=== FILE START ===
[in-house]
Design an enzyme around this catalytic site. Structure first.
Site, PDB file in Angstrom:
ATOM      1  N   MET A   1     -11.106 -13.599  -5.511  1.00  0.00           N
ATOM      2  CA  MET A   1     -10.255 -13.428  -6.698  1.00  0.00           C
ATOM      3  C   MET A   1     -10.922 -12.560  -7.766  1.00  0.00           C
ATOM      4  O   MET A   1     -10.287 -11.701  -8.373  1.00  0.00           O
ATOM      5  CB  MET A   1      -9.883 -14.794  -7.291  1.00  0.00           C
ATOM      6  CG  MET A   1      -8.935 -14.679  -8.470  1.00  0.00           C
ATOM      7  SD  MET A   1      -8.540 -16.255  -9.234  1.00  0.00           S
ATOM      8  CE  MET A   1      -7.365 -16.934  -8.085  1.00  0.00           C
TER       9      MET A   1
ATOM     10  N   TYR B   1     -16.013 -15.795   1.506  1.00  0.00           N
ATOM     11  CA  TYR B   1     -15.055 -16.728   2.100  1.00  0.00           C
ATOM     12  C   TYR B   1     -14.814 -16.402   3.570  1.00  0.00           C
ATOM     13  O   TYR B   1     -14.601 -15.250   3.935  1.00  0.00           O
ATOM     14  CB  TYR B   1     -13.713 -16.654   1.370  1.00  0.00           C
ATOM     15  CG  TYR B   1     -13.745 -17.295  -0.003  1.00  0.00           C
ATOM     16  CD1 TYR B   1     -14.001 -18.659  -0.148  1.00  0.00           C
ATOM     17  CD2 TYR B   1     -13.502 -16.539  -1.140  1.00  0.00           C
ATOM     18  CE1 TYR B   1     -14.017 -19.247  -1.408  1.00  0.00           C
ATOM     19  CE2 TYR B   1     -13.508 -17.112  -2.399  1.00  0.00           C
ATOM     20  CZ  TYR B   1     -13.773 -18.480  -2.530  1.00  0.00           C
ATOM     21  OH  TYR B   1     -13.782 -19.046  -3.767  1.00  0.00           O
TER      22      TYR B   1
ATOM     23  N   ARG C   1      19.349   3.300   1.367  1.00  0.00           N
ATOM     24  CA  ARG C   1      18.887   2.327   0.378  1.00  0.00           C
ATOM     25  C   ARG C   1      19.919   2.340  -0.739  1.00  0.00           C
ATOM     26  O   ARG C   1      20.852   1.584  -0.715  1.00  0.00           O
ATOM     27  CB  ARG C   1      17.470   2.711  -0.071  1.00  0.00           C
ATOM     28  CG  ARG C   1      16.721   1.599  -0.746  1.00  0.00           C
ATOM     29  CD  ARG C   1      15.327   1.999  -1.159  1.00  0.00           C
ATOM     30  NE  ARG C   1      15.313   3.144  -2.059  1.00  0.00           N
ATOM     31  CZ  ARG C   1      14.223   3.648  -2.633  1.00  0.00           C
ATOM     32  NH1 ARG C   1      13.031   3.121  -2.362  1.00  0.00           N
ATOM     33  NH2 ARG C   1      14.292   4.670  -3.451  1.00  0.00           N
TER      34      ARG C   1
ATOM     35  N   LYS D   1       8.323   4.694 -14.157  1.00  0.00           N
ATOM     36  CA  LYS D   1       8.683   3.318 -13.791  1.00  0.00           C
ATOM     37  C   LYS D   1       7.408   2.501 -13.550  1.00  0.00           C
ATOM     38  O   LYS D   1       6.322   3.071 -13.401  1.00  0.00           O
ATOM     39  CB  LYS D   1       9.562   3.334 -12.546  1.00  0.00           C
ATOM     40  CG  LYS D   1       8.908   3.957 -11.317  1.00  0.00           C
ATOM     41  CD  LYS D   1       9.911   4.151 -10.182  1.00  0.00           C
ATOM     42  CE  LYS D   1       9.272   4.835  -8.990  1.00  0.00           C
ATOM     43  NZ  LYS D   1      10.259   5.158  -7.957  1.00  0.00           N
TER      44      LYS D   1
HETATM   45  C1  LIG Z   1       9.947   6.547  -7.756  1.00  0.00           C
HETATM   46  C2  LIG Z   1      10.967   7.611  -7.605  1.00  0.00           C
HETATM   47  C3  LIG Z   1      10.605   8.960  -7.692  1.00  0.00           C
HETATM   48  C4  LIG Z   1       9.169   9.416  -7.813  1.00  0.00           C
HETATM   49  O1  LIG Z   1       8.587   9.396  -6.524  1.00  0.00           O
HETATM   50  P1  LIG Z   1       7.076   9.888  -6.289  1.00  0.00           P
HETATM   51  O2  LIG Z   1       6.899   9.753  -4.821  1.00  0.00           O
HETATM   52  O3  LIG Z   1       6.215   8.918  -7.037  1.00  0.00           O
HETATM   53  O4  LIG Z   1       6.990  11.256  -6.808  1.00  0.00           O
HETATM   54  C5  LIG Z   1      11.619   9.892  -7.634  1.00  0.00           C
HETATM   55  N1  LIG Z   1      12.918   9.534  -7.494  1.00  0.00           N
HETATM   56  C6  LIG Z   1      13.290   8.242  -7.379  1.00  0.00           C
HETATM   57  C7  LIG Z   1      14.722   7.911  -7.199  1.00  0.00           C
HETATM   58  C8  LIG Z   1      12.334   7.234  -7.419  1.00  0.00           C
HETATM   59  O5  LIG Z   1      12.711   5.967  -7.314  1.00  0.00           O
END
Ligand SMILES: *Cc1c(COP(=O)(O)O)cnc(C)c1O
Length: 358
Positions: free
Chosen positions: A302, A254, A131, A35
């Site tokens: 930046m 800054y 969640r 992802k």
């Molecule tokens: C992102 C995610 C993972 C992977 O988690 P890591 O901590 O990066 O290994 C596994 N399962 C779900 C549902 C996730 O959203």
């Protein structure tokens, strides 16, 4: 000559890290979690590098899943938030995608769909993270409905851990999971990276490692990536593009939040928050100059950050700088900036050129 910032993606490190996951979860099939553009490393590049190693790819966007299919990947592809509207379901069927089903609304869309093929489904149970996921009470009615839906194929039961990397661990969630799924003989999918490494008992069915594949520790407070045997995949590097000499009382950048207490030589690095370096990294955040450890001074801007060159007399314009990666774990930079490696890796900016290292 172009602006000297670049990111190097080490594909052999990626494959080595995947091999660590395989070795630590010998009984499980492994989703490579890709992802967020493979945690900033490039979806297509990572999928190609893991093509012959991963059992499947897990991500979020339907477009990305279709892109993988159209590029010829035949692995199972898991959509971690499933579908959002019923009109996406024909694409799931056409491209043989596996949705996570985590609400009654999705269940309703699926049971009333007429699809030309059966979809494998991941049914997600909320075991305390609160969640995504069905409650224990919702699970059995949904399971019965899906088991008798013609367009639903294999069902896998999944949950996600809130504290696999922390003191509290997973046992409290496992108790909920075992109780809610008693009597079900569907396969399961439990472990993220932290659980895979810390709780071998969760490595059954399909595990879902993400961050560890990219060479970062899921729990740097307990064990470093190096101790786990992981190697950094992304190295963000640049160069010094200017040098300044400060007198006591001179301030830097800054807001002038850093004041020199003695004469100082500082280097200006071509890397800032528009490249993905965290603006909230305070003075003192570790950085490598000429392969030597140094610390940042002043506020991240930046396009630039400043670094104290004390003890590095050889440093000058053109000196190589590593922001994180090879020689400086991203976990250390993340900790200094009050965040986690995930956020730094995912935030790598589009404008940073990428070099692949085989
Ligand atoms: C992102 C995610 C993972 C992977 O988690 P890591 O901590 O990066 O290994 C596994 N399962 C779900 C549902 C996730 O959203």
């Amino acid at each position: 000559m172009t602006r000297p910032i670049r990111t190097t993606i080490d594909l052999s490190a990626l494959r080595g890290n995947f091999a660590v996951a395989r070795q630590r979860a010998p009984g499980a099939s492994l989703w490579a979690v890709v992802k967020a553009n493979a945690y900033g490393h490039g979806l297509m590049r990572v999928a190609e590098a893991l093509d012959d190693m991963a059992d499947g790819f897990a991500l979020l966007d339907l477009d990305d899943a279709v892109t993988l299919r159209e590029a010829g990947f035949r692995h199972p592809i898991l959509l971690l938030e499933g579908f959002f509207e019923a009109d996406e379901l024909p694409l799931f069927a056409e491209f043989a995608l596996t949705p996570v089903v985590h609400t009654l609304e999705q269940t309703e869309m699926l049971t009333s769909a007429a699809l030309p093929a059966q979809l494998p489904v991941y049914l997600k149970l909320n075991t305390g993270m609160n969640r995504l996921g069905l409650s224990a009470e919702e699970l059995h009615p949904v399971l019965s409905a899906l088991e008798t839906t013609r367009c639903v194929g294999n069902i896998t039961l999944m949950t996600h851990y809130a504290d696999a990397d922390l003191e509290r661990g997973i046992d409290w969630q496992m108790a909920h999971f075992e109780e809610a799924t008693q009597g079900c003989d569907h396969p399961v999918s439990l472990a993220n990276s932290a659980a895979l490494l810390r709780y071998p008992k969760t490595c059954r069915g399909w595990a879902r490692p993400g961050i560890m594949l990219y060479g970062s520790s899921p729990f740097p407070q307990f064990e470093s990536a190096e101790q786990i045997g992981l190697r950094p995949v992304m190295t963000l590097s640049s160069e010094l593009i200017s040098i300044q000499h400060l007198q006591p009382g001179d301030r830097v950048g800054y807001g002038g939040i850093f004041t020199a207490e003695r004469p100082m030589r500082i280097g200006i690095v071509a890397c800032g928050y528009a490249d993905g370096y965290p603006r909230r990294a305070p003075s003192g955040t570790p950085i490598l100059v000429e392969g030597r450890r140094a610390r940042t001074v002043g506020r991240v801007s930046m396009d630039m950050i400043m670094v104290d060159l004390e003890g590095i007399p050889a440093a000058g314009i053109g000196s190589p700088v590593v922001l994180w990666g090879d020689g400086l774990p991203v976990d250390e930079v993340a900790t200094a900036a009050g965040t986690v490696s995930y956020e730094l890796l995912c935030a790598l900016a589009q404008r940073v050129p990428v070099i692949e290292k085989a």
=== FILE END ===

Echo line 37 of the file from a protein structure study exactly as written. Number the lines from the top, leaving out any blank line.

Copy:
TER      34      ARG C   1